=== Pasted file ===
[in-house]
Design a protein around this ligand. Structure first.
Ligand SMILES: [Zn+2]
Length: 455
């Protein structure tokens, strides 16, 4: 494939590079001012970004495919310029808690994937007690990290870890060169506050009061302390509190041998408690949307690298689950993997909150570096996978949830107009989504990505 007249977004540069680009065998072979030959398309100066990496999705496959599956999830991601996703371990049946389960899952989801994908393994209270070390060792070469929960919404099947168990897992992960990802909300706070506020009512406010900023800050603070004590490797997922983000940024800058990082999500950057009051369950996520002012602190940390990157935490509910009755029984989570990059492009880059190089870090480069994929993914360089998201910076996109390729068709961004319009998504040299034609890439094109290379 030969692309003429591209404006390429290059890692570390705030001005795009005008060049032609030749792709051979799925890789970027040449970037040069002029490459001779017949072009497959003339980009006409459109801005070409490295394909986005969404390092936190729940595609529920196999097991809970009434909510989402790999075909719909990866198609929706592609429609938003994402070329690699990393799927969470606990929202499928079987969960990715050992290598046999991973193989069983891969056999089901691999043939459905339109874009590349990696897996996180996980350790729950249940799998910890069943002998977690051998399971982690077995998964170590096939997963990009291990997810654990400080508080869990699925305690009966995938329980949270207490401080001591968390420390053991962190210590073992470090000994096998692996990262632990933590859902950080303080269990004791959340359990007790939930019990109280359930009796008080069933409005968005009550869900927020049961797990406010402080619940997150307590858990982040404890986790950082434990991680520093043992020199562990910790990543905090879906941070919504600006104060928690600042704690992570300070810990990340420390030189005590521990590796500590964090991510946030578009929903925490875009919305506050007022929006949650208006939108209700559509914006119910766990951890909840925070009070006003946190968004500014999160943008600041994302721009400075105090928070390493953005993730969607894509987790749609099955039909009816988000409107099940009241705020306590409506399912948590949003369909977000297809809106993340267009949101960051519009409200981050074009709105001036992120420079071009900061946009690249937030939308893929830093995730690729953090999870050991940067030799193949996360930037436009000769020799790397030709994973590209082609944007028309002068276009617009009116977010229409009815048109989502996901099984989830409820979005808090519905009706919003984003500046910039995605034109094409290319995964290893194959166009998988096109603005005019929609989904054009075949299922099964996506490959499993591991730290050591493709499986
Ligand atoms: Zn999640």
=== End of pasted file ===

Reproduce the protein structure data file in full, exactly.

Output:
[in-house]
Design a protein around this ligand. Structure first.
Ligand SMILES: [Zn+2]
Length: 455
């Protein structure tokens, strides 16, 4: 494939590079001012970004495919310029808690994937007690990290870890060169506050009061302390509190041998408690949307690298689950993997909150570096996978949830107009989504990505 007249977004540069680009065998072979030959398309100066990496999705496959599956999830991601996703371990049946389960899952989801994908393994209270070390060792070469929960919404099947168990897992992960990802909300706070506020009512406010900023800050603070004590490797997922983000940024800058990082999500950057009051369950996520002012602190940390990157935490509910009755029984989570990059492009880059190089870090480069994929993914360089998201910076996109390729068709961004319009998504040299034609890439094109290379 030969692309003429591209404006390429290059890692570390705030001005795009005008060049032609030749792709051979799925890789970027040449970037040069002029490459001779017949072009497959003339980009006409459109801005070409490295394909986005969404390092936190729940595609529920196999097991809970009434909510989402790999075909719909990866198609929706592609429609938003994402070329690699990393799927969470606990929202499928079987969960990715050992290598046999991973193989069983891969056999089901691999043939459905339109874009590349990696897996996180996980350790729950249940799998910890069943002998977690051998399971982690077995998964170590096939997963990009291990997810654990400080508080869990699925305690009966995938329980949270207490401080001591968390420390053991962190210590073992470090000994096998692996990262632990933590859902950080303080269990004791959340359990007790939930019990109280359930009796008080069933409005968005009550869900927020049961797990406010402080619940997150307590858990982040404890986790950082434990991680520093043992020199562990910790990543905090879906941070919504600006104060928690600042704690992570300070810990990340420390030189005590521990590796500590964090991510946030578009929903925490875009919305506050007022929006949650208006939108209700559509914006119910766990951890909840925070009070006003946190968004500014999160943008600041994302721009400075105090928070390493953005993730969607894509987790749609099955039909009816988000409107099940009241705020306590409506399912948590949003369909977000297809809106993340267009949101960051519009409200981050074009709105001036992120420079071009900061946009690249937030939308893929830093995730690729953090999870050991940067030799193949996360930037436009000769020799790397030709994973590209082609944007028309002068276009617009009116977010229409009815048109989502996901099984989830409820979005808090519905009706919003984003500046910039995605034109094409290319995964290893194959166009998988096109603005005019929609989904054009075949299922099964996506490959499993591991730290050591493709499986
Ligand atoms: Zn999640």